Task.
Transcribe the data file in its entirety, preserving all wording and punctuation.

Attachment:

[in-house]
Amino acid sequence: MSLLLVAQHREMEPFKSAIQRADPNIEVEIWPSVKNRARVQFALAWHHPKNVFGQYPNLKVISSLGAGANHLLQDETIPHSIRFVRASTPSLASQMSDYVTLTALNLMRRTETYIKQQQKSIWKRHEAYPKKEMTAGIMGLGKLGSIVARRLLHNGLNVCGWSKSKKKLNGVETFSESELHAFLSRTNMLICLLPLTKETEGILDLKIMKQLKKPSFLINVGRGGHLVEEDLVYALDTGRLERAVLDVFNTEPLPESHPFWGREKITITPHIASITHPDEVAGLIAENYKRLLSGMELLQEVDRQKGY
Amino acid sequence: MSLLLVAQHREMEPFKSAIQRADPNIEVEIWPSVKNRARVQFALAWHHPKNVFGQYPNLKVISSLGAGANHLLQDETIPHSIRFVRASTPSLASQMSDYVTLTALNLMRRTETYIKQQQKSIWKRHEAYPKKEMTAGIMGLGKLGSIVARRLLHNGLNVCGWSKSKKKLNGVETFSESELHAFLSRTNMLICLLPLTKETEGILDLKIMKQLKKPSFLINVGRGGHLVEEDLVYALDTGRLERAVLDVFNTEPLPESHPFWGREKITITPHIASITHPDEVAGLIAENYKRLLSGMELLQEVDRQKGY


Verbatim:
[in-house]
Amino acid sequence: MSLLLVAQHREMEPFKSAIQRADPNIEVEIWPSVKNRARVQFALAWHHPKNVFGQYPNLKVISSLGAGANHLLQDETIPHSIRFVRASTPSLASQMSDYVTLTALNLMRRTETYIKQQQKSIWKRHEAYPKKEMTAGIMGLGKLGSIVARRLLHNGLNVCGWSKSKKKLNGVETFSESELHAFLSRTNMLICLLPLTKETEGILDLKIMKQLKKPSFLINVGRGGHLVEEDLVYALDTGRLERAVLDVFNTEPLPESHPFWGREKITITPHIASITHPDEVAGLIAENYKRLLSGMELLQEVDRQKGY
Amino acid sequence: MSLLLVAQHREMEPFKSAIQRADPNIEVEIWPSVKNRARVQFALAWHHPKNVFGQYPNLKVISSLGAGANHLLQDETIPHSIRFVRASTPSLASQMSDYVTLTALNLMRRTETYIKQQQKSIWKRHEAYPKKEMTAGIMGLGKLGSIVARRLLHNGLNVCGWSKSKKKLNGVETFSESELHAFLSRTNMLICLLPLTKETEGILDLKIMKQLKKPSFLINVGRGGHLVEEDLVYALDTGRLERAVLDVFNTEPLPESHPFWGREKITITPHIASITHPDEVAGLIAENYKRLLSGMELLQEVDRQKGY